We wuz robbed! Seriously, ABC's telecast of Star Trek - the Motion Picture, with its 15 minutes of added footage, was a revelation on the choices that are made when editing a film. What was not revealed, however, was just why STTMP's editors made the choices they did. It seemed as though all the scenes deleted from the movie's initial release contained just those little touches of humor, character development, and plot explication that the film was originally criticized for lacking. Quite a few incidents were presented more clearly, ranging from McCoy's reluctance in the transporter to Ilia's character (including the cryptic "oath of celibacy") and various discussions about V'ger's nature. The most criminal omission was Spock's weeping for V'ger towards the end-a marvelous insight into the transformation he had undergone, not to mention a foretaste of his character in Star Trek II. Small wonder that cast members, when interviewed, so often have some justifiably bitter remarks about the cutting room floor.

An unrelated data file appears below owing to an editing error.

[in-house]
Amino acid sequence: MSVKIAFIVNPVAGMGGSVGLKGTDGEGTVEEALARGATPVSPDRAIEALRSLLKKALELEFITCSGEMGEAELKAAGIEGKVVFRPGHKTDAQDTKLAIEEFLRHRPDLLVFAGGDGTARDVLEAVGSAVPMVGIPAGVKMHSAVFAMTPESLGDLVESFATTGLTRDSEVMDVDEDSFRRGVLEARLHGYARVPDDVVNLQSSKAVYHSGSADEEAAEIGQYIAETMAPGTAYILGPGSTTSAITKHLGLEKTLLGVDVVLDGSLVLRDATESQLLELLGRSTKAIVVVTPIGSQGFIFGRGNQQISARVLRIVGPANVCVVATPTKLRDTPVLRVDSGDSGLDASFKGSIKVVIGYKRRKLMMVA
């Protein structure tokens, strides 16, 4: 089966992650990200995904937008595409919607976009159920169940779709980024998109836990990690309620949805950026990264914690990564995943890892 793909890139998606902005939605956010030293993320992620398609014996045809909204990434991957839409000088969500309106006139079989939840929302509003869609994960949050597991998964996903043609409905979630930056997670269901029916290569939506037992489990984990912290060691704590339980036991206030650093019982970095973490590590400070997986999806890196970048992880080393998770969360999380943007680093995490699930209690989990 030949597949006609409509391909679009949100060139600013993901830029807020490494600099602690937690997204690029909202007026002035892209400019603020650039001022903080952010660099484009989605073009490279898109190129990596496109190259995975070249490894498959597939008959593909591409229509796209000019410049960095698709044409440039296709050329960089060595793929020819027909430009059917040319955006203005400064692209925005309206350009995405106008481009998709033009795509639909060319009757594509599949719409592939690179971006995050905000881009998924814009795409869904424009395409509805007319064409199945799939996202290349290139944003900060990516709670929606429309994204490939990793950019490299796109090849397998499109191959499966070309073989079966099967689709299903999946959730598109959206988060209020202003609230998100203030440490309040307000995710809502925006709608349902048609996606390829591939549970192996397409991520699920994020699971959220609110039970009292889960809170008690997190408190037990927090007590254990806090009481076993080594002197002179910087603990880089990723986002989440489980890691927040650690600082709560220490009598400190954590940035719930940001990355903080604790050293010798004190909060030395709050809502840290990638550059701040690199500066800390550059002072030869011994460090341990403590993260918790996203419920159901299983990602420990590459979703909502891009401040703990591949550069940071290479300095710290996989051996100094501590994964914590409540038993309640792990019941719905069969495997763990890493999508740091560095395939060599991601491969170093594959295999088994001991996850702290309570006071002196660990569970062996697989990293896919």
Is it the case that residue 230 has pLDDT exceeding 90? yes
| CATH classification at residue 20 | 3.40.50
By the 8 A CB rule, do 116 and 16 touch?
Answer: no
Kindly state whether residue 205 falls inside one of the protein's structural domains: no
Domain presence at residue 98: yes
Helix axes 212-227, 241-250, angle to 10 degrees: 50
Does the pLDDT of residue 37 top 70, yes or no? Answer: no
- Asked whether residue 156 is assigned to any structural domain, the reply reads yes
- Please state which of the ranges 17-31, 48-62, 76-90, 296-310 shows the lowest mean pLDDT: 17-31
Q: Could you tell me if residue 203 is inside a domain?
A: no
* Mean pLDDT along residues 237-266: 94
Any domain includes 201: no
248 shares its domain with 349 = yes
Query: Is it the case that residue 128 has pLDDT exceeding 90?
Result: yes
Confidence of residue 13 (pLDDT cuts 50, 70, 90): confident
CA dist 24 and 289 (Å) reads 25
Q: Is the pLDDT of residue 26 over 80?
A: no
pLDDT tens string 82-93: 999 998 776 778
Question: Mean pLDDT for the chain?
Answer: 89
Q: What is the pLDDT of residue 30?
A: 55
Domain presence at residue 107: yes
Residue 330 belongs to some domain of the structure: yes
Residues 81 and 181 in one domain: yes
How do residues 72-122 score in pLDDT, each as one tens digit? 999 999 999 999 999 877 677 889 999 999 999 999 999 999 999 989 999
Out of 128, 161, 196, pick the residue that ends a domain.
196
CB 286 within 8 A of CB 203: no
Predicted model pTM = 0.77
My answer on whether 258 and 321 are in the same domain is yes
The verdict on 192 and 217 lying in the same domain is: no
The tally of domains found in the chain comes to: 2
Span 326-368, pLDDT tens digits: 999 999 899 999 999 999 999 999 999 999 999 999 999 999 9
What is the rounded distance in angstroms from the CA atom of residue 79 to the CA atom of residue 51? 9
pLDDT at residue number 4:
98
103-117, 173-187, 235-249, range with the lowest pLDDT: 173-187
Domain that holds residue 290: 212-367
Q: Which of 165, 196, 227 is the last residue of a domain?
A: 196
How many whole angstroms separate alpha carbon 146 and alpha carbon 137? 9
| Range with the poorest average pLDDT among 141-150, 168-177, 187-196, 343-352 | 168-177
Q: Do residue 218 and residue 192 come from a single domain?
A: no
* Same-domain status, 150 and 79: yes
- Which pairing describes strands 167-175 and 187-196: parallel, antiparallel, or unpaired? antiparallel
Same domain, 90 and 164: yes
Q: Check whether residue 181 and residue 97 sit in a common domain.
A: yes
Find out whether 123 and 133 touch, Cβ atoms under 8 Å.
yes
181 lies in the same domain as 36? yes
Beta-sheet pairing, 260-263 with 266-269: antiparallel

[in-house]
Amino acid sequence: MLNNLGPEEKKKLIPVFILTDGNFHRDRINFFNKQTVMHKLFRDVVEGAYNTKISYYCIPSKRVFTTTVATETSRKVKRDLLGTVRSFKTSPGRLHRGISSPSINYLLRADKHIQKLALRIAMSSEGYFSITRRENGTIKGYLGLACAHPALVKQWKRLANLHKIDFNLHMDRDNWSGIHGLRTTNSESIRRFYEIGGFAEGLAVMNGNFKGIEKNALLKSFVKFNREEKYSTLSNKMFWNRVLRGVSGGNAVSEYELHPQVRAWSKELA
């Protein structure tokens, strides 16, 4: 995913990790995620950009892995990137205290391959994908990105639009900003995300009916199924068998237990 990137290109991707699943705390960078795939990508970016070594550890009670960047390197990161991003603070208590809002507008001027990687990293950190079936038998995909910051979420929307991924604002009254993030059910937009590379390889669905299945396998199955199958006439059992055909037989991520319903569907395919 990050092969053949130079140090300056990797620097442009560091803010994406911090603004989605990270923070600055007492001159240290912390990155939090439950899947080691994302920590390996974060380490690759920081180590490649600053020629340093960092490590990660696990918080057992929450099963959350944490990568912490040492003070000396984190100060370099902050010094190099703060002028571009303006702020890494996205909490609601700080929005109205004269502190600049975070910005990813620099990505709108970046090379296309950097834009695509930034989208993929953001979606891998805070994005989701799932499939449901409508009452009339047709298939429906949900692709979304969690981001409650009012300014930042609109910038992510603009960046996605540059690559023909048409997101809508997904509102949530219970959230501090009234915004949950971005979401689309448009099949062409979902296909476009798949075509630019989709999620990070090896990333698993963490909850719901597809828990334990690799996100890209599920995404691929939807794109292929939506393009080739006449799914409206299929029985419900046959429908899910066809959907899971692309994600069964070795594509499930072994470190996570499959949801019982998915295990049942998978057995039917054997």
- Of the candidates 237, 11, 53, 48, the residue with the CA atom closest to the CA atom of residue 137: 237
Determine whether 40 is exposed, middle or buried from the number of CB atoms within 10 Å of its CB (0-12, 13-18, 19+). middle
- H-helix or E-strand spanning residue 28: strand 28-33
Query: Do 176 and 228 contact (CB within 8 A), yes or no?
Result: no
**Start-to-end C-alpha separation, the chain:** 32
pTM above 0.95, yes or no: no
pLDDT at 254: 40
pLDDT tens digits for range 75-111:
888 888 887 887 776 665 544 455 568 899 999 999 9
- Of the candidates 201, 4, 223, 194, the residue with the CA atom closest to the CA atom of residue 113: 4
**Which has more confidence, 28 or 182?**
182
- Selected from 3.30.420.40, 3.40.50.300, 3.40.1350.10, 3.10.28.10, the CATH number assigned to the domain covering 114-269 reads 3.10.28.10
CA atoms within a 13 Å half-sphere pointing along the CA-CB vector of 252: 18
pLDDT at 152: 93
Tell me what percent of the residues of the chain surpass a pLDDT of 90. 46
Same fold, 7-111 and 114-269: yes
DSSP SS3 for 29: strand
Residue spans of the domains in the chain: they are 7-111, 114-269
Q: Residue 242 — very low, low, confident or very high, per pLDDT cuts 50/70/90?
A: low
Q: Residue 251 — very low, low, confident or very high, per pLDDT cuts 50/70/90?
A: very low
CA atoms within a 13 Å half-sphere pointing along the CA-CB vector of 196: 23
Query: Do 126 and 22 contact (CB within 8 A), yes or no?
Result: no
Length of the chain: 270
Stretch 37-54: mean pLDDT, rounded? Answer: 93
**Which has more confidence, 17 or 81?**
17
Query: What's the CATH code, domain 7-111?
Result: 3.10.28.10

Nor do I think anyone would have minded the film's extra length in theaters; CE3K [Close Encounters of the Third Kind] (which went through its own TV reincarnation) was two hours, 40 minutes long, but I never saw anyone leave. And where will it happen next? When Star Trek II is telecast a few years down the road, will it contain discarded footage about Sulu's captaincy; how Khan knew Chekov; Scott's nephew; Saavik and David? The point is, I feel less and less like trusting the filmmakers to know what to cut, and more like telling them, "Just show me all the footage you've got and I'll decide what I don't like!" Sorry, guys, but it's just that there's a sense of somehow being cheated when we see the theatrical version several times, perhaps buy the videocassette later and finally see the TV broadcast with all those extra scenes. How will we ever know when we're getting the most complete product?

Leslie C. Leist
Alexandria, VA 22304

The Revisionist

Second is the fan who feels that 15 minutes of the extra film completely changed the movie experience.